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A Kitchen for a Cookbook Author and a Sculptor, Williamsburg Edition


A Kitchen for a Cookbook Author and a Sculptor, Williamsburg Edition

January 16, 2015

From Elizabeth Roberts Design/Ensemble Architecture: a live/work Williamsburg loft that means business–with a made-for-TV kitchen, a cookbook-writing office, and a vast art studio. Her biggest achievement? Infusing the space with a lighthearted vibe that suggests not everything is as serious as it seems.

Roberts’ clients–Ted Lee, one half of the food duo The Lee Bros., and E.V. Day, an installation artist and sculptor–searched for years to find the perfect space to call home-plus-office and landed in a generously sized, ground-floor industrial loft with a great deal of character. Architect Elizabeth Roberts, a member of the Remodelista Architect/Designer Directory, was tasked with dividing the space into living quarters plus his and hers offices within easy access–and just as easily closed off.

Day is a well-known sculptor whose work is sometimes massive, so an entire half of the 3,500-square-foot space is comprised of her sculpture studio. Lee is a chef and cookbook writer, so his domain–the kitchen–couldn’t be so neatly separated from the living spaces. Roberts solved the problem by creating a writing office just off the kitchen, which itself can be cordoned off via a large sliding door. When the door is open, the kitchen and office are a workspace. When closed, the kitchen is just another part of the home. Incidentally, this is Roberts’ favorite part of the project: “What might be considered a complicated arrangement is celebrated with monumental sliding doors that are really fun–and extremely easy–to move.”

Photography by Dustin Aksland.

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Above: Roberts retained the original wood lintels above the windows. “They were so pretty,” she says. “It was an easy decision not to paint them.” The window sills are custom poured concrete. Roberts had the brick walls covered in plaster and hand-sanded to slightly reveal the contours of the brick, then painted them white. 

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Above: The generously sized chef’s kitchen is occasionally used for television production and events–the island cooktop and wall ovens are both well suited to filming. The Viking stovetop features a pop-up ventilation fan, so no hood is required.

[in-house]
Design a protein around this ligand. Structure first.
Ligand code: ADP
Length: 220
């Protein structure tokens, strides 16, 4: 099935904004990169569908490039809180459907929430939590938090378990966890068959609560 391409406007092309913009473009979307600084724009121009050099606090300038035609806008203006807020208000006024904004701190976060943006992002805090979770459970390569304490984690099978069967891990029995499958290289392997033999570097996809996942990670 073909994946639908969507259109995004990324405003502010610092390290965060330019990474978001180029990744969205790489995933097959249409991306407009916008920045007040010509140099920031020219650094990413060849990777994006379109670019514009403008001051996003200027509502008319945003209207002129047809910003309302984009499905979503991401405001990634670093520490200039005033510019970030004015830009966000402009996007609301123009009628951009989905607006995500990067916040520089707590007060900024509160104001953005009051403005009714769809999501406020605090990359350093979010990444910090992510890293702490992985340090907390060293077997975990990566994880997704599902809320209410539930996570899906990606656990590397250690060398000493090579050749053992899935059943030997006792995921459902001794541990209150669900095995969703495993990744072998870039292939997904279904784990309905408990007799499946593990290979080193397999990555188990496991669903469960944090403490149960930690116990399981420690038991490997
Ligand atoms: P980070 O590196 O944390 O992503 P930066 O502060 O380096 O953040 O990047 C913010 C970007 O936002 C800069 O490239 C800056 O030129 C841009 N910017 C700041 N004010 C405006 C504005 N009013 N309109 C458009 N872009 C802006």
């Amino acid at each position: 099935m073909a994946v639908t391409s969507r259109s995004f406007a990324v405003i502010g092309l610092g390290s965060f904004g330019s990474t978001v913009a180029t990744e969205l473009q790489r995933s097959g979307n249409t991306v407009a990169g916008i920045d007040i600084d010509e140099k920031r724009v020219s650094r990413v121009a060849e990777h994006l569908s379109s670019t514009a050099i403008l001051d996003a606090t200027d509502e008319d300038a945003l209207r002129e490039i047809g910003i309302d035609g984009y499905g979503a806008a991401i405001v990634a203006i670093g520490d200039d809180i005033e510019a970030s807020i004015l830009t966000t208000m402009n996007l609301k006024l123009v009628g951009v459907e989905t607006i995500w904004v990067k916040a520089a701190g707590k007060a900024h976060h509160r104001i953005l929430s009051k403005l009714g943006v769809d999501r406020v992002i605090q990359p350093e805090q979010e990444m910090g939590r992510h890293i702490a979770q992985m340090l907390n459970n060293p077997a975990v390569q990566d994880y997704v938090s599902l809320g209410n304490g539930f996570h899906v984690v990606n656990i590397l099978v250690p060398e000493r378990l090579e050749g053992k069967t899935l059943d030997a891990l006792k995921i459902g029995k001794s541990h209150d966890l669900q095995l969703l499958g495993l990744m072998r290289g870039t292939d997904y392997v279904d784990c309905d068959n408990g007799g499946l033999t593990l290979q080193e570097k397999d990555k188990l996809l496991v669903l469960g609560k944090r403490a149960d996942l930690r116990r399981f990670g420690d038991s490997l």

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Above: The studio backdrop: open shelving made of reclaimed pine sourced by the owners in Brooklyn. 

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Above: Roberts chose glossy white laminate Abstrakt cabinets from Ikea: “The glossy finish was a great juxtaposition to all the industrial textures and dark colors,” she says. The kitchen countertops are white Carrara marble.  

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Above: His and hers workspaces–a writing office and a sculpture studio–are both separated from the living spaces by 10-by-15-foot sliding partitions that are easy to move yet sturdy enough to mount art on. 

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Above: Says Roberts, “Both of the spaces change constantly depending on how much of the workspace they choose to reveal.” Here, the writing office is closed off from the kitchen.

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Above: The kitchen, dining, and living rooms are one open layout. The dining table is a simple Ikea wood table with dining chairs by Knoll.

Roberts replaced the loft’s existing doors with two large custom steel doors designed with a center panel that opens inward to allow fresh air in through a screened opening. 

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Above: Lee and Day discovered the light fixtures that hang above the dining table and kitchen in a vintage store; they are chandelier frames originally from a Miami department store, spray-painted white.  

The brick walls, exposed pipes and sprinklers, and wood window lintels are all original to the building. The exposed wood ceilings and structural columns and beams are oversized to support the weight of the industrial building, says Roberts. She admires the tone of the aged, unpainted wood: “It’s rare to see these huge pieces of wood and timber raw and without any paint.”

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Above: Beyond the dining table, a vintage living room set by Austrian Art Deco designer Paul Frankl. The pale white oak floors were brushed and scraped to create a hand-hewn look and finished with a sheer white wash. The loft’s radiant heating is tucked beneath the floors.

See more through the lens of the architect:

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